• MET Police (Score:3, Insightful)

              by Anonymous Coward

              This is the MET, they won't do anything cyber crime related until they get the cyber crime laws they're lobbying for. A very *political* police force the Met, they know how to play the game.

              He'll have to do it himself, he could make a citizens arrest, him and a few friends, but the Met won't take kindly to be made to look lazy, so that might be risky. They could always flip that and claim him and his friends mugged the guy.

              Difficult one, the police just don't want to do their job and if they won't do their

      • by Jah-Wren Ryel (80510) on Sunday April 21, 2013 @06:28PM (#43511975)

        > This summary stinks of an advertisement to build the viewership and ad revenue generation.

        The guy's goal is public shaming, but that doesn't work unless a lot of the public sees the website. So he probably did submit the story here, but it is doubtful that a few banner ads are going to make him any significant amount of money.

      • by Sarius64 (880298) on Sunday April 21, 2013 @07:42PM (#43512263)
        Are these cops from San Diego? My wife had a bank call her and the cops that they were HOLDING the thief trying to cash one of her checks he washed. The police said $500 (the amount being fraudulently submitted) wasn't enough to roll a car on a thief the bank guard had handcuffed. In the end, the bank had to threaten to sue the cops to get a response.
  • by mpoulton (689851) on Sunday April 21, 2013 @04:17PM (#43511399)
    Just delete this and start over. Really. How does this word-salad get approved for publication to millions of people?
    • by Grashnak (1003791) on Sunday April 21, 2013 @04:31PM (#43511505)

      And why would any site accept submissions from ACs anyway? Comments? Fine. Submissions? Not so much.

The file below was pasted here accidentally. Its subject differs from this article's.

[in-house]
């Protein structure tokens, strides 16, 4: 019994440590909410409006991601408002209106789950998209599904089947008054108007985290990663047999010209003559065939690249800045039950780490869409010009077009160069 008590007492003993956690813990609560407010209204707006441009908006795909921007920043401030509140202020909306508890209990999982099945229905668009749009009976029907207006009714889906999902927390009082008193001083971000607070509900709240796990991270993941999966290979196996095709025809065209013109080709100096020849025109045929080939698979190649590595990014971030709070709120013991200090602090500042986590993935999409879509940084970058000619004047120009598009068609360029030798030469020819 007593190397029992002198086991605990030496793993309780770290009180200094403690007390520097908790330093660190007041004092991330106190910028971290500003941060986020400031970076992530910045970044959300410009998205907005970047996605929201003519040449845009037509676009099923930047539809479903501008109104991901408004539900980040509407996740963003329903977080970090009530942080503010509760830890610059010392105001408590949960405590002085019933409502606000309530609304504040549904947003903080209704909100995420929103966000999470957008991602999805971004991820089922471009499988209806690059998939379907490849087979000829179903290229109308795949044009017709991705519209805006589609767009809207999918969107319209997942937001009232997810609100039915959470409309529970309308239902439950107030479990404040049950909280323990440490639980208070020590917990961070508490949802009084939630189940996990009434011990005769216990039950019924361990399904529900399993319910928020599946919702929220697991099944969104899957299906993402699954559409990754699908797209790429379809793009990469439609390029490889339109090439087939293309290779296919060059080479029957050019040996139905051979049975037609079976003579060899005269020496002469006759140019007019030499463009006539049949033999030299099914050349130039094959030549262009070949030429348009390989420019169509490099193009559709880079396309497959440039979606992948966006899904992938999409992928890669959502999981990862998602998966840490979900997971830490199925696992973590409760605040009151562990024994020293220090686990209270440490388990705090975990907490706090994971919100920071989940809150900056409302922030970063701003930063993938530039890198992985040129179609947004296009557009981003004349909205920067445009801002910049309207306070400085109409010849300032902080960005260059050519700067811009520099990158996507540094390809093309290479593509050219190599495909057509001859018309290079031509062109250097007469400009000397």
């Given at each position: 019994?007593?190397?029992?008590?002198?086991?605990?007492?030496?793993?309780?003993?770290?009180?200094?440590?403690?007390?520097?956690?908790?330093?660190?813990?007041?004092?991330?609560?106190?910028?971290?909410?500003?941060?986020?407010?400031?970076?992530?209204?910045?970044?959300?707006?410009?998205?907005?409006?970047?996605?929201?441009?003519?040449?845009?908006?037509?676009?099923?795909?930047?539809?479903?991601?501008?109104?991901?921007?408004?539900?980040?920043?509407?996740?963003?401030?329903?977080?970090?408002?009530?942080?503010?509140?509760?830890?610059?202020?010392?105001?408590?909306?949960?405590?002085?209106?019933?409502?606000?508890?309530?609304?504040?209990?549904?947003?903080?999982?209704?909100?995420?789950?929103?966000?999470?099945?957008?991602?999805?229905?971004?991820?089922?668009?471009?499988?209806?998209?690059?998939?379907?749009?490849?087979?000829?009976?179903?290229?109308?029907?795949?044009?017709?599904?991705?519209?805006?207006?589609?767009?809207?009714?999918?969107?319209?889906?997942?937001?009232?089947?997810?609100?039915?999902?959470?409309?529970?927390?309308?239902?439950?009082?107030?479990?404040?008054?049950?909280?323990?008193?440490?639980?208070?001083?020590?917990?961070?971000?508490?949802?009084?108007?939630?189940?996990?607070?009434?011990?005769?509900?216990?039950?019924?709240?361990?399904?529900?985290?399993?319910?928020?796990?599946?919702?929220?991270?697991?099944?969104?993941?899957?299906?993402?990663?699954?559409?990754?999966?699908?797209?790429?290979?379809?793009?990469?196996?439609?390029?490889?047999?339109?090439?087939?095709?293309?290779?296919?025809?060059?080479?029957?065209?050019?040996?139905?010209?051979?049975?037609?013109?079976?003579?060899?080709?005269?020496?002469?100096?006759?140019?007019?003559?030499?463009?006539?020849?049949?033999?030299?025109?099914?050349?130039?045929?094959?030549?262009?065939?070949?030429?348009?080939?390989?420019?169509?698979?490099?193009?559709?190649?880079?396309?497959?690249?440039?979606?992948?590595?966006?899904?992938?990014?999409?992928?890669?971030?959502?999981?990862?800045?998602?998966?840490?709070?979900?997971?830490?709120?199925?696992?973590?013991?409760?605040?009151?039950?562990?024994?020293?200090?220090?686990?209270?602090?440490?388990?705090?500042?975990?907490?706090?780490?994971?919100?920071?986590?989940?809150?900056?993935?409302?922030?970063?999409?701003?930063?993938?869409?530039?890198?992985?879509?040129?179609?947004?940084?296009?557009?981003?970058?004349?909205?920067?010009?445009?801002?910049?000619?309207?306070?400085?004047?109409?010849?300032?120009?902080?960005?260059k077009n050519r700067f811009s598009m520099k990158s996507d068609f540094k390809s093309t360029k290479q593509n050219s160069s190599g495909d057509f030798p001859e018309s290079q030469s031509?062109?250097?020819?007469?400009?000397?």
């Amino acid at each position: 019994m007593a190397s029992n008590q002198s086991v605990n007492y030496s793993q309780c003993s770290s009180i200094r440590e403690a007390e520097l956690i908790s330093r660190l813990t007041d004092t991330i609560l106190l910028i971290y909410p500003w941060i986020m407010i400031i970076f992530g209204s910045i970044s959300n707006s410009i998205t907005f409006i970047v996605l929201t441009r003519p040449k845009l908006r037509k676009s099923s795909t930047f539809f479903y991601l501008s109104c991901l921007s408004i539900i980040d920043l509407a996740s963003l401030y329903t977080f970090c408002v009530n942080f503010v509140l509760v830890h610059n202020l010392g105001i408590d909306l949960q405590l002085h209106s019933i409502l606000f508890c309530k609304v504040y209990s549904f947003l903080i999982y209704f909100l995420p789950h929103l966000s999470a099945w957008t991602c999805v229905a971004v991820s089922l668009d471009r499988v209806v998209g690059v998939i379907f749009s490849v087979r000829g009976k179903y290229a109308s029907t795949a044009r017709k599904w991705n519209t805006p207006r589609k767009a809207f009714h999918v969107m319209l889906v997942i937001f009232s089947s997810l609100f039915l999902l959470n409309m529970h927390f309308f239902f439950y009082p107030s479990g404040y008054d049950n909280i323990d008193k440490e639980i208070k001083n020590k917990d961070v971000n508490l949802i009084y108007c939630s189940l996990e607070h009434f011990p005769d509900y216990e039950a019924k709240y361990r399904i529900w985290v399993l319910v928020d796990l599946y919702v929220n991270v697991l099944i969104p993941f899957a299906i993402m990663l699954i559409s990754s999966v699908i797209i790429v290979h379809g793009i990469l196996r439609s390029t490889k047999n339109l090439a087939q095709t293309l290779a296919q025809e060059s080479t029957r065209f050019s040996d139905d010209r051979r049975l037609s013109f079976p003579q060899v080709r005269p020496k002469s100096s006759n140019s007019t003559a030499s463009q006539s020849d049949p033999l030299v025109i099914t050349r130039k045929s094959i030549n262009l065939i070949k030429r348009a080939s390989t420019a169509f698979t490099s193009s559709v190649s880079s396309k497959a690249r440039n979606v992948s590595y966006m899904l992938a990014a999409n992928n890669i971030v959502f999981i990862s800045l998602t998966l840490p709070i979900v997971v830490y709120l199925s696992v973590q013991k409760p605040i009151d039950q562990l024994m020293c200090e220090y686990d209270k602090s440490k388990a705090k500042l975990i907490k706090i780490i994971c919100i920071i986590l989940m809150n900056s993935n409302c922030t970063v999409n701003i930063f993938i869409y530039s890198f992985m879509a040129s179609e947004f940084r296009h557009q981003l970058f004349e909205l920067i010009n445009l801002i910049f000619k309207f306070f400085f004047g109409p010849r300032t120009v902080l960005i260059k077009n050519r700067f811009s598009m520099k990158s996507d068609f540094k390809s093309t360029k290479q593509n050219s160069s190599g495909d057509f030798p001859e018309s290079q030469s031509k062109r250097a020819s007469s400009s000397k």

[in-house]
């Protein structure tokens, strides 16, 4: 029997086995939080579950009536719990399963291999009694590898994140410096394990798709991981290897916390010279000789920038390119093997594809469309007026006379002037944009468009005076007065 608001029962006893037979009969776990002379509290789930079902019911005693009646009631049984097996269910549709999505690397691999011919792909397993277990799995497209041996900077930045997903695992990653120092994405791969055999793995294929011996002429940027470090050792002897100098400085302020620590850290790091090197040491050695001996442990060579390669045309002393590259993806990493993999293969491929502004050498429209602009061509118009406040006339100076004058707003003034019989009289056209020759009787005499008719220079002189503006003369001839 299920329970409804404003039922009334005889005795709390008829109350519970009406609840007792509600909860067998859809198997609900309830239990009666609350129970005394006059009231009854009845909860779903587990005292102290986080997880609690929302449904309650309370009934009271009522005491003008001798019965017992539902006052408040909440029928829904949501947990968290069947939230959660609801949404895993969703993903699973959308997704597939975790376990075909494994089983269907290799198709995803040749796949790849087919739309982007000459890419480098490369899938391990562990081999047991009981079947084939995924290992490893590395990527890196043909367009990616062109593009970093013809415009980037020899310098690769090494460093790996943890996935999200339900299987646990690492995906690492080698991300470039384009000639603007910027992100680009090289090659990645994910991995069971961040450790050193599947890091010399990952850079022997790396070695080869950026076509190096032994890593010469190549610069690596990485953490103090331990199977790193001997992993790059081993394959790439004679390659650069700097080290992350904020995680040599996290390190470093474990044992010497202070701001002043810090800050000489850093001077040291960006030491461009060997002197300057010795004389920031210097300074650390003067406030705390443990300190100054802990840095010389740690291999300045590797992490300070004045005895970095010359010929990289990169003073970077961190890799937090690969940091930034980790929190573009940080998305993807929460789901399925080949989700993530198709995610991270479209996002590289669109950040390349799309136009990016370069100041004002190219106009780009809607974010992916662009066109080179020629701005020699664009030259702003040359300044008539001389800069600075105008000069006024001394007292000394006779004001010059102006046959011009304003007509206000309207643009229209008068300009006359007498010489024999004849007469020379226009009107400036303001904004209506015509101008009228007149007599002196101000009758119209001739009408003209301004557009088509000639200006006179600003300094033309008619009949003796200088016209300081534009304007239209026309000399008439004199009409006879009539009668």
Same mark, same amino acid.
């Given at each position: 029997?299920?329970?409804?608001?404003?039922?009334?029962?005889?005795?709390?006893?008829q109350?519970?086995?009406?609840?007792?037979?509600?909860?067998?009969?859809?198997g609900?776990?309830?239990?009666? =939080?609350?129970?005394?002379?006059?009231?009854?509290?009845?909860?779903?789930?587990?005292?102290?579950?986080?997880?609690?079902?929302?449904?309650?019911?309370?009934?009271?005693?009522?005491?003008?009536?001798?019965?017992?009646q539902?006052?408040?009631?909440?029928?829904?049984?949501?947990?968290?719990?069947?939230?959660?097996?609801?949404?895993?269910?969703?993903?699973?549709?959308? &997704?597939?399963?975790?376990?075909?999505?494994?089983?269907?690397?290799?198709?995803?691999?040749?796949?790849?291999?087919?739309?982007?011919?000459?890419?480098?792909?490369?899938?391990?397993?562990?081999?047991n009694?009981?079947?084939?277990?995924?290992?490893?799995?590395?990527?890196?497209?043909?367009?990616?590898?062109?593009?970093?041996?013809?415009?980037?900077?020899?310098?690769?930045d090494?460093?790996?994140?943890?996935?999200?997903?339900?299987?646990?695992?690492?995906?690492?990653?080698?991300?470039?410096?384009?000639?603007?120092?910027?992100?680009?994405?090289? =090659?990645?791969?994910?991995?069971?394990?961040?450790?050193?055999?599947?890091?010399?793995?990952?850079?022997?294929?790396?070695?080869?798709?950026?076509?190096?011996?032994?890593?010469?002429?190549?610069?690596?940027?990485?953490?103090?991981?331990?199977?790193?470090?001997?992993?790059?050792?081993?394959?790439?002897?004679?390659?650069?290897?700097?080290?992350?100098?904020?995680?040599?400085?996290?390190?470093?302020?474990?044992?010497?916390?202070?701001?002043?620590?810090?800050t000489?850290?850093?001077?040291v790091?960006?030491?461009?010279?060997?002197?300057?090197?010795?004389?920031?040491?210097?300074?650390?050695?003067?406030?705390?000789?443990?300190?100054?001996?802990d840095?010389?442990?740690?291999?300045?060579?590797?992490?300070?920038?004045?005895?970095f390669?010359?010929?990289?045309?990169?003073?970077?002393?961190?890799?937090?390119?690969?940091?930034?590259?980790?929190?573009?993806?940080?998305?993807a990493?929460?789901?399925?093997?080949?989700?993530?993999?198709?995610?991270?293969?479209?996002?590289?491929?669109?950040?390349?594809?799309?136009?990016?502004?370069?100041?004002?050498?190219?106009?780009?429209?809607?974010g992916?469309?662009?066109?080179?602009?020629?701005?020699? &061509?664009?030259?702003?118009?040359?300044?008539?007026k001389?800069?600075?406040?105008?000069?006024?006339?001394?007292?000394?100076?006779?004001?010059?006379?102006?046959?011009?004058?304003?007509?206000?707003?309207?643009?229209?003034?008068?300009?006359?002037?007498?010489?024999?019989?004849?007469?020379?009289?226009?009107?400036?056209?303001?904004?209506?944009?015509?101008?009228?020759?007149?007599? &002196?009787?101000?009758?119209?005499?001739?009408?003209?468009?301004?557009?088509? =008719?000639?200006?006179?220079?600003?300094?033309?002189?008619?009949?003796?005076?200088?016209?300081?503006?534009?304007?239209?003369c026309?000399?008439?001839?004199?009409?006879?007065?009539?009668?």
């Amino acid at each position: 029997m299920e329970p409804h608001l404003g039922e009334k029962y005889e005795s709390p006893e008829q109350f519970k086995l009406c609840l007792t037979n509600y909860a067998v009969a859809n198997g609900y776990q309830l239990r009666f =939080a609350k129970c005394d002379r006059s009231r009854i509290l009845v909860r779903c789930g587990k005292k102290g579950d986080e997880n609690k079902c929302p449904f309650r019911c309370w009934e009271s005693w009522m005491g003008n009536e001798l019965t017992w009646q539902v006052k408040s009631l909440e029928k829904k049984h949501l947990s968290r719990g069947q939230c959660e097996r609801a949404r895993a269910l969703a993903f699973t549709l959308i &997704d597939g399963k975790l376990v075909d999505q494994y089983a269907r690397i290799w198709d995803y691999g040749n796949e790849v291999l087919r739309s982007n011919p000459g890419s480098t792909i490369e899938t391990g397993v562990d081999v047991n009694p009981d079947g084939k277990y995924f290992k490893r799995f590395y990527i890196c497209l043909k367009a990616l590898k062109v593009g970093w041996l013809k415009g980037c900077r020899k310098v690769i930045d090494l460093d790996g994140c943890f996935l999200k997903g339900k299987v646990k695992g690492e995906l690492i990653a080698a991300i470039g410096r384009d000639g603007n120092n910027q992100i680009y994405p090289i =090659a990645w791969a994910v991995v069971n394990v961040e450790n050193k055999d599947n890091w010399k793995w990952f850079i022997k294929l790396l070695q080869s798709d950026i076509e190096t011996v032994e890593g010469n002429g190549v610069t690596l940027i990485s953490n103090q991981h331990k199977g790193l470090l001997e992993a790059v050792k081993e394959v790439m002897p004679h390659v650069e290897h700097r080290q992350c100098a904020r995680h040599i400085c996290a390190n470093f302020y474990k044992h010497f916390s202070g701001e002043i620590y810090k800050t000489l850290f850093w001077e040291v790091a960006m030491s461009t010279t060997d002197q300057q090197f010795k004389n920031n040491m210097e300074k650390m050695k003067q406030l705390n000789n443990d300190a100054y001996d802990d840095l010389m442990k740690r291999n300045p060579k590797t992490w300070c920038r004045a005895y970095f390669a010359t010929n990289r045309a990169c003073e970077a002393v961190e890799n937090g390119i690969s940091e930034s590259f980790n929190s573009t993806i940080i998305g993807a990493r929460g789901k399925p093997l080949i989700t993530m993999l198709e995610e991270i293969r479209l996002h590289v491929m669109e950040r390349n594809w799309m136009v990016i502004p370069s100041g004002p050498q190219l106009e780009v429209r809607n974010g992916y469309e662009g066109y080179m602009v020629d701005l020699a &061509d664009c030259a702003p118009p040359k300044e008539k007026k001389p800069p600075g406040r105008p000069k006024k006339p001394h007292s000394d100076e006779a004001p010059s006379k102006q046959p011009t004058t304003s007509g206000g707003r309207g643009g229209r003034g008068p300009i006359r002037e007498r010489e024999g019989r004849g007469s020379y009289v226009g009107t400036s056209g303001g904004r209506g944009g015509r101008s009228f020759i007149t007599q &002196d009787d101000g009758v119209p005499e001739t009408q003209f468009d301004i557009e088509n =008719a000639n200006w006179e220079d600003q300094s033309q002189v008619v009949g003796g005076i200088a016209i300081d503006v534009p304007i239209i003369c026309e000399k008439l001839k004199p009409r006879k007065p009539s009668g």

• Re: (Score:3, Insightful)

        by Anonymous Coward

        Why not? The quality of the summary wouldn't be any different if this had been a known user. No one is hurt if an anonymous coward submits a well written summary that points to an interesting article. The real issue here is the lack of editing prior to posting this entry.

    • by jonr (1130)

      How is lappy stolen?

  • What the What? (Score:5, Informative)

    by Anonymous Coward on Sunday April 21, 2013 @04:19PM (#43511407)

    I've read this twice and I'm still confused.

    I'll try to translate what I think the article says:
    1. Man was mugged and lost his laptop.
    2. Police won't do anything about it.
    3. He has hidden software on his old laptop that was sending images and data back to him.
    4. He posted it on the Internet under a fake name
    5. ...
    6. Profit?

  • by Anonymous Coward on Sunday April 21, 2013 @04:19PM (#43511409)

    Incompetent editing can't write good but maybe give interview in IT media if keep name secret yesno?

    Sense making this summary very much doesn't however is okay because Slashdot's really been going downhill these past 15 years.